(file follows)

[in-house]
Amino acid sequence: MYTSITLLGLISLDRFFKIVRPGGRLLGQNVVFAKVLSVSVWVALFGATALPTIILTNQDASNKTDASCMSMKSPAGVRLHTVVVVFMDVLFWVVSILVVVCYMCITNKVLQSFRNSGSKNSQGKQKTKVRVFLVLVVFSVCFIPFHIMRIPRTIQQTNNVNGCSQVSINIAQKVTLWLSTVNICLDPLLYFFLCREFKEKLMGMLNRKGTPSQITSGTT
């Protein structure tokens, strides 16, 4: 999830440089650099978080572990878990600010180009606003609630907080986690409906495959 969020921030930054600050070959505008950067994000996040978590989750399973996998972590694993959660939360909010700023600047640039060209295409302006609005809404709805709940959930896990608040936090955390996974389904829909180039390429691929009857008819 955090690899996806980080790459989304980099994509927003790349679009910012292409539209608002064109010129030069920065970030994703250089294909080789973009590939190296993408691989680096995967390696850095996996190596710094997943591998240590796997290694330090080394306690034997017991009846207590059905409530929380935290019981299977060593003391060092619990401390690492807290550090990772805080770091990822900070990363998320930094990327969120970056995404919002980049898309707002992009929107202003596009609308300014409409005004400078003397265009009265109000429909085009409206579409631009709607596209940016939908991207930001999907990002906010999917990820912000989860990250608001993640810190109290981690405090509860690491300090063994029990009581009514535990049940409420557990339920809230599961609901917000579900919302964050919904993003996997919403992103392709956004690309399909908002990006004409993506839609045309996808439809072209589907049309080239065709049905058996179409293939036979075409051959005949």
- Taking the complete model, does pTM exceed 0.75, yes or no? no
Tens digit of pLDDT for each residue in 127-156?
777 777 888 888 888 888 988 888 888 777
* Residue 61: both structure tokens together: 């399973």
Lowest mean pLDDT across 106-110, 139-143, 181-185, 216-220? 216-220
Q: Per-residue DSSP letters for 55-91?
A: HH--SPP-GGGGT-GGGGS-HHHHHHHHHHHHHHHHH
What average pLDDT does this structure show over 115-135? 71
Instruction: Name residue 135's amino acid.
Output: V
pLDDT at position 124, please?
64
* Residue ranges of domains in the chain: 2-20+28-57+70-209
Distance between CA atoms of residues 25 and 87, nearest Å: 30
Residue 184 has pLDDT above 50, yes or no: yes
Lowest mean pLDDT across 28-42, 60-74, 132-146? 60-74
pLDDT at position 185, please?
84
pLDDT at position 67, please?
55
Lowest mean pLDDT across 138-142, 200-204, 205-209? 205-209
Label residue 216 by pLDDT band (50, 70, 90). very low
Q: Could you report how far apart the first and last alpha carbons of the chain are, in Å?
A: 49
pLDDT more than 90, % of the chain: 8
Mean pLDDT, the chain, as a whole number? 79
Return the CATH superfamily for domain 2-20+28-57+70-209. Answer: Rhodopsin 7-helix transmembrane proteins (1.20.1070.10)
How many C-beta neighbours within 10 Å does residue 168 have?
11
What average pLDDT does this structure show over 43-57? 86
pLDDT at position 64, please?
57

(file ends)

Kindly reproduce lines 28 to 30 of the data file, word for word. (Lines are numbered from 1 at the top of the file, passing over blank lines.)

pLDDT more than 90, % of the chain: 8
Mean pLDDT, the chain, as a whole number? 79
Return the CATH superfamily for domain 2-20+28-57+70-209. Answer: Rhodopsin 7-helix transmembrane proteins (1.20.1070.10)